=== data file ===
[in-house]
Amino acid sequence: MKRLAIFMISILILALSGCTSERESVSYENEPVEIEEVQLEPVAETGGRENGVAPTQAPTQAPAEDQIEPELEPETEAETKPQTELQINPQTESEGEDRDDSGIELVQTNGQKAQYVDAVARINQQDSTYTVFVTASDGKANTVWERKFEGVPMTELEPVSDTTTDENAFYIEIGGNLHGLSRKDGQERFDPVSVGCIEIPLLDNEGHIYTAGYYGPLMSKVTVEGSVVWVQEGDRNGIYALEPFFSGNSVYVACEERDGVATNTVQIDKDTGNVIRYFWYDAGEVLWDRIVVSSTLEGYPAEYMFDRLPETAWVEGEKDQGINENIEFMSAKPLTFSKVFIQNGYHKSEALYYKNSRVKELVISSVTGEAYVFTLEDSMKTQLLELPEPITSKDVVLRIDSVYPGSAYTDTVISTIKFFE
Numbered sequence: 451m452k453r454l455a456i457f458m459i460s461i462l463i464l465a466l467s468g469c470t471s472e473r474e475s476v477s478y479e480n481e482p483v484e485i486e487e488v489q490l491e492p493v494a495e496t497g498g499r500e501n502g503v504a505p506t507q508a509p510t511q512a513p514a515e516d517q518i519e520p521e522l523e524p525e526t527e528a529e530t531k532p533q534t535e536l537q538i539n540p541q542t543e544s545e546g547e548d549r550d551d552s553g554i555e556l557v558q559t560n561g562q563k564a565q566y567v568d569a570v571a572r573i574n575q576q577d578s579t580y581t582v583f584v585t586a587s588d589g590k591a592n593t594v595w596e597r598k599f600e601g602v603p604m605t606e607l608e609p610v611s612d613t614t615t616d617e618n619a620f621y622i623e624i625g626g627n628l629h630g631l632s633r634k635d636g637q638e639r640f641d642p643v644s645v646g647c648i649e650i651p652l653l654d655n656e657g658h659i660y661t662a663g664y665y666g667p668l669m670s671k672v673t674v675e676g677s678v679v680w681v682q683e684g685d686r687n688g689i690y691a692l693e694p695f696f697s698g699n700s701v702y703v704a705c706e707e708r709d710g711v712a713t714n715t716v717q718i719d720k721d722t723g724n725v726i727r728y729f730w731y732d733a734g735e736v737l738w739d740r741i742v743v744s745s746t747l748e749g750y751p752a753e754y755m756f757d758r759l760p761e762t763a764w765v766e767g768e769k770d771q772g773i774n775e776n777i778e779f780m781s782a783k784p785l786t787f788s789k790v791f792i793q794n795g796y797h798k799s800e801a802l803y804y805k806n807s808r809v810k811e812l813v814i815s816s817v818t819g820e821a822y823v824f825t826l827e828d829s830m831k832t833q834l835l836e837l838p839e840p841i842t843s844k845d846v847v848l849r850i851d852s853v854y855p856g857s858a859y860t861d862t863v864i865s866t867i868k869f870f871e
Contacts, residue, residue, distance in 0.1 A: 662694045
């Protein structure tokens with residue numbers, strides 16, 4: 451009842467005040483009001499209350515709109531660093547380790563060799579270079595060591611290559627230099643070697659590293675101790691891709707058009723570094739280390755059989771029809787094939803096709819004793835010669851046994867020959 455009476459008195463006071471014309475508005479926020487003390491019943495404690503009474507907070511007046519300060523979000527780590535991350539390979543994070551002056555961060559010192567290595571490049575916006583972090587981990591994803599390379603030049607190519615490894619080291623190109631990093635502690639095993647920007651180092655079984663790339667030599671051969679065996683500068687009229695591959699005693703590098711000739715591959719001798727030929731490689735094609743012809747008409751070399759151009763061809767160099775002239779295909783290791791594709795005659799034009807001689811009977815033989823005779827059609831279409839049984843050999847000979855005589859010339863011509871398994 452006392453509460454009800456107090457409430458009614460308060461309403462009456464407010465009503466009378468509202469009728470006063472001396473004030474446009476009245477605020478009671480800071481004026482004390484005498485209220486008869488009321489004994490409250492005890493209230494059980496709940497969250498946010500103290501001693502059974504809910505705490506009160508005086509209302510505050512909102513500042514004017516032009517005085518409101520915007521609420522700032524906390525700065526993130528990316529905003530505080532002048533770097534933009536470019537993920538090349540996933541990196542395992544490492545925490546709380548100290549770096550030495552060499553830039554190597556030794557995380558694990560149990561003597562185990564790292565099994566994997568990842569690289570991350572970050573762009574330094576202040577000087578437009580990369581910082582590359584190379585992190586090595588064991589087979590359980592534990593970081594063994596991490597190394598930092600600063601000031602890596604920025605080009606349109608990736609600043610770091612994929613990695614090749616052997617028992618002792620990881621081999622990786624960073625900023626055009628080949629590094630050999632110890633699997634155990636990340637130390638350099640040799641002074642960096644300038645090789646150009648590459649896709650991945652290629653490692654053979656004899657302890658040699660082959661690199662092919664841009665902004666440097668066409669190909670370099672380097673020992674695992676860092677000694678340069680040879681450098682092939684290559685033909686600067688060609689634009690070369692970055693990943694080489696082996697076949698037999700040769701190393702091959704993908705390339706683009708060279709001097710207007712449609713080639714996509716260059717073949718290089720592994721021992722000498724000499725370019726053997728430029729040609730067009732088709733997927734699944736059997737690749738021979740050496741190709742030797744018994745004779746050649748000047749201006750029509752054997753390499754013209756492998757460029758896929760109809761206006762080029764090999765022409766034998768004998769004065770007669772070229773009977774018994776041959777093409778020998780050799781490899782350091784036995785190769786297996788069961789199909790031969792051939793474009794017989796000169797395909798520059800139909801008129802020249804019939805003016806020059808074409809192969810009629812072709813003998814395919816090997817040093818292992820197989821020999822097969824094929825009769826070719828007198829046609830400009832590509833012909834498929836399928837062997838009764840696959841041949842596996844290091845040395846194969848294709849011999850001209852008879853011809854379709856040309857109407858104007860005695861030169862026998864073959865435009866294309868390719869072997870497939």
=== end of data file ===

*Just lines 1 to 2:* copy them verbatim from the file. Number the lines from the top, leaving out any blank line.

[in-house]
Amino acid sequence: MKRLAIFMISILILALSGCTSERESVSYENEPVEIEEVQLEPVAETGGRENGVAPTQAPTQAPAEDQIEPELEPETEAETKPQTELQINPQTESEGEDRDDSGIELVQTNGQKAQYVDAVARINQQDSTYTVFVTASDGKANTVWERKFEGVPMTELEPVSDTTTDENAFYIEIGGNLHGLSRKDGQERFDPVSVGCIEIPLLDNEGHIYTAGYYGPLMSKVTVEGSVVWVQEGDRNGIYALEPFFSGNSVYVACEERDGVATNTVQIDKDTGNVIRYFWYDAGEVLWDRIVVSSTLEGYPAEYMFDRLPETAWVEGEKDQGINENIEFMSAKPLTFSKVFIQNGYHKSEALYYKNSRVKELVISSVTGEAYVFTLEDSMKTQLLELPEPITSKDVVLRIDSVYPGSAYTDTVISTIKFFE